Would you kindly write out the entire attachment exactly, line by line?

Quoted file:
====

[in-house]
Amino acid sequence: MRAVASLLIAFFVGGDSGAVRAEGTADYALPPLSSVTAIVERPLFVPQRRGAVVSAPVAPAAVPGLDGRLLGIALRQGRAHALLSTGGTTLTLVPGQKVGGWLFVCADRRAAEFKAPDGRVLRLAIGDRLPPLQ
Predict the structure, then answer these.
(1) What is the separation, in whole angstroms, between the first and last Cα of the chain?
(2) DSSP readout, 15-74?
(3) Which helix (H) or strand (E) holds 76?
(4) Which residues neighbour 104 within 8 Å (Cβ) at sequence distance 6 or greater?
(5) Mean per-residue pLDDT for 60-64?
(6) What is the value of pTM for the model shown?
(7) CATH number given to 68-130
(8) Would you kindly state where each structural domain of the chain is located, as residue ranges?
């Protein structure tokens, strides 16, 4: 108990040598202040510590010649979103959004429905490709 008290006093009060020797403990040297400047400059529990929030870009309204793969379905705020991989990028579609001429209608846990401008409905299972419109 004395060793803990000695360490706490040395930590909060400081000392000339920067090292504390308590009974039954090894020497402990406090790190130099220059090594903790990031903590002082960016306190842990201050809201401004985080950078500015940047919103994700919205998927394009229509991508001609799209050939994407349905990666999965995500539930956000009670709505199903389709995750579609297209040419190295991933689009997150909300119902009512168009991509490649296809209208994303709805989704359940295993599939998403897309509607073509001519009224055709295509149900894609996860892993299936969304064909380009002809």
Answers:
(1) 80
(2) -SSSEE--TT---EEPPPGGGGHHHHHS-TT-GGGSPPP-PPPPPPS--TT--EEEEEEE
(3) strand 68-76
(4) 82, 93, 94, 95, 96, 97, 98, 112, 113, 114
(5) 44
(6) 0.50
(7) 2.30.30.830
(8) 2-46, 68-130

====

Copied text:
[in-house]
Amino acid sequence: MRAVASLLIAFFVGGDSGAVRAEGTADYALPPLSSVTAIVERPLFVPQRRGAVVSAPVAPAAVPGLDGRLLGIALRQGRAHALLSTGGTTLTLVPGQKVGGWLFVCADRRAAEFKAPDGRVLRLAIGDRLPPLQ
Predict the structure, then answer these.
(1) What is the separation, in whole angstroms, between the first and last Cα of the chain?
(2) DSSP readout, 15-74?
(3) Which helix (H) or strand (E) holds 76?
(4) Which residues neighbour 104 within 8 Å (Cβ) at sequence distance 6 or greater?
(5) Mean per-residue pLDDT for 60-64?
(6) What is the value of pTM for the model shown?
(7) CATH number given to 68-130
(8) Would you kindly state where each structural domain of the chain is located, as residue ranges?
């Protein structure tokens, strides 16, 4: 108990040598202040510590010649979103959004429905490709 008290006093009060020797403990040297400047400059529990929030870009309204793969379905705020991989990028579609001429209608846990401008409905299972419109 004395060793803990000695360490706490040395930590909060400081000392000339920067090292504390308590009974039954090894020497402990406090790190130099220059090594903790990031903590002082960016306190842990201050809201401004985080950078500015940047919103994700919205998927394009229509991508001609799209050939994407349905990666999965995500539930956000009670709505199903389709995750579609297209040419190295991933689009997150909300119902009512168009991509490649296809209208994303709805989704359940295993599939998403897309509607073509001519009224055709295509149900894609996860892993299936969304064909380009002809």
Answers:
(1) 80
(2) -SSSEE--TT---EEPPPGGGGHHHHHS-TT-GGGSPPP-PPPPPPS--TT--EEEEEEE
(3) strand 68-76
(4) 82, 93, 94, 95, 96, 97, 98, 112, 113, 114
(5) 44
(6) 0.50
(7) 2.30.30.830
(8) 2-46, 68-130